The Ivorian health system is slowly recovering from the political and military crisis that overwhelmed the country from 2002 to 2010. Due to the high rate of deaths during pregnancy and childbirth, the Ministry of Health has made maternal healthcare a priority, offering it free of charge to all pregnant women. However, budget restrictions, drug stockouts and a lack of trained staff mean that access to good quality services for women and their newborns is not always guaranteed.
For five years, we supported the ministry in rural areas of Hambol region in central Côte d’Ivoire, working in the maternity unit, neonatology ward and operating theatre at Katiola referral hospital. In 2019, we admitted 700 newborns for care and strengthened the referral system for obstetric and neonatal emergencies. We also supported Dabakala and Niakara hospitals and six health centres.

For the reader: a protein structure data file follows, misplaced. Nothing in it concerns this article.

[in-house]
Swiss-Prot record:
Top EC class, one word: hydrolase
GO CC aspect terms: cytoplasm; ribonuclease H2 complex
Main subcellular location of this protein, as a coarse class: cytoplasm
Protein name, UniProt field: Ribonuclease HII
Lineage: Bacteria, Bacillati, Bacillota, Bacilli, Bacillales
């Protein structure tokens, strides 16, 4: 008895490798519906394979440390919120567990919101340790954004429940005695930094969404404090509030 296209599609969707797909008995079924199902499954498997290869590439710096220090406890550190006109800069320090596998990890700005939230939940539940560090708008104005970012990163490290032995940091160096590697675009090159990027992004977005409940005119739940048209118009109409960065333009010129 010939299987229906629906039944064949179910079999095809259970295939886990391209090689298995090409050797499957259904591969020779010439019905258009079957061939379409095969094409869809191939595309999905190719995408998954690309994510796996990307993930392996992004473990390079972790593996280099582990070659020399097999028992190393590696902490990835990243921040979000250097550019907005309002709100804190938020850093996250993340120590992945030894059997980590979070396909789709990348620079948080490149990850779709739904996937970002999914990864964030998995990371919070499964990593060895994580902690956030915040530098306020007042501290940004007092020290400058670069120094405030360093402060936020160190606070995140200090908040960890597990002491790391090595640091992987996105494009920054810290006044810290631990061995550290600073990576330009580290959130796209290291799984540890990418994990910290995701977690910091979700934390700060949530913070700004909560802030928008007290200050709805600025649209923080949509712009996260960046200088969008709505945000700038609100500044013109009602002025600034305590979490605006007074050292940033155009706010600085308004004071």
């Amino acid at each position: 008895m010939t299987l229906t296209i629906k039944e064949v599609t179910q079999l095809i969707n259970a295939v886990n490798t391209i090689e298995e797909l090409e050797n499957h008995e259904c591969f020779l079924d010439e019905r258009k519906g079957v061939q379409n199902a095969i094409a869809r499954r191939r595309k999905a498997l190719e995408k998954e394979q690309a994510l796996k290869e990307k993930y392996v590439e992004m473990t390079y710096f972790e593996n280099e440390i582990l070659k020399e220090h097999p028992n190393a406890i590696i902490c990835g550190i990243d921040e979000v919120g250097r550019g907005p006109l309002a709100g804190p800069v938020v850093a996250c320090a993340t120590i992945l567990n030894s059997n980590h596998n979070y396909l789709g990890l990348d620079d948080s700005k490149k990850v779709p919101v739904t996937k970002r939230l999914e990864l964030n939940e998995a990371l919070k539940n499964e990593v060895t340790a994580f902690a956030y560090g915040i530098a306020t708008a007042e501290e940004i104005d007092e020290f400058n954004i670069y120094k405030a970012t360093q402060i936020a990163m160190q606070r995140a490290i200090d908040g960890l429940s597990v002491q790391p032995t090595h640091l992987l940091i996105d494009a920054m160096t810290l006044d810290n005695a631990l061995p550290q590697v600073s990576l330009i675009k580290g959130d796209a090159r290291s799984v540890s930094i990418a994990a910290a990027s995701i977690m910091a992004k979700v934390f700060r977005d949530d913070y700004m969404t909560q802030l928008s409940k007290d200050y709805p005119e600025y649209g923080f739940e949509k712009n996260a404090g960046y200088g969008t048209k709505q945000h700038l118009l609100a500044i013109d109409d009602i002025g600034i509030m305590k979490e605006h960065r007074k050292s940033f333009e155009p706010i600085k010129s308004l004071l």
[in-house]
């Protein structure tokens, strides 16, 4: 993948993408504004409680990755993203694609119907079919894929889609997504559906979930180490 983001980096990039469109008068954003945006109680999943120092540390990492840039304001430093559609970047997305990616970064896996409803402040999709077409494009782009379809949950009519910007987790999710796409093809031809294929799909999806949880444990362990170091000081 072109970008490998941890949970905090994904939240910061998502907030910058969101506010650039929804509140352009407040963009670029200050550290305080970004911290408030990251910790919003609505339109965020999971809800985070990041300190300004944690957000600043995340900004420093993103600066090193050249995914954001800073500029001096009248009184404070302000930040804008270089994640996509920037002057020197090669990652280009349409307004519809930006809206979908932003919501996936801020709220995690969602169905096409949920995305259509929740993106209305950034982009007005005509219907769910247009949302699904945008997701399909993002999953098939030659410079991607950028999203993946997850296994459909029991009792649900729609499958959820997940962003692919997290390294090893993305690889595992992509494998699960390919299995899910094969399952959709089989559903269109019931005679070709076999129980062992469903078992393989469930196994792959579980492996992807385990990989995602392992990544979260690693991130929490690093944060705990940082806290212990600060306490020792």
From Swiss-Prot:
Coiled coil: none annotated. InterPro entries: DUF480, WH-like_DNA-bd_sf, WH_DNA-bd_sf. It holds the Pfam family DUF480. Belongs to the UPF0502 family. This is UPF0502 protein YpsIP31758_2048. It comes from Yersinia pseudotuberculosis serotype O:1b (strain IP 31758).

In order to reduce perinatal transmission of hepatitis B, we collaborated with the Ministry of Health to introduce systematic vaccination immediately after birth in all MSF-supported facilities in the area. A total of 3,150 newborns were vaccinated against hepatitis B in 2019.
In view of the relatively low levels of activity, decreasing numbers of obstetric complications and limited prospects for development, we made the decision to progressively hand over all our activities in the country to the local health authorities. We stopped our support to health centres in April, to the maternity unit in June and to the operating theatre and neonatology wards at the end of the year.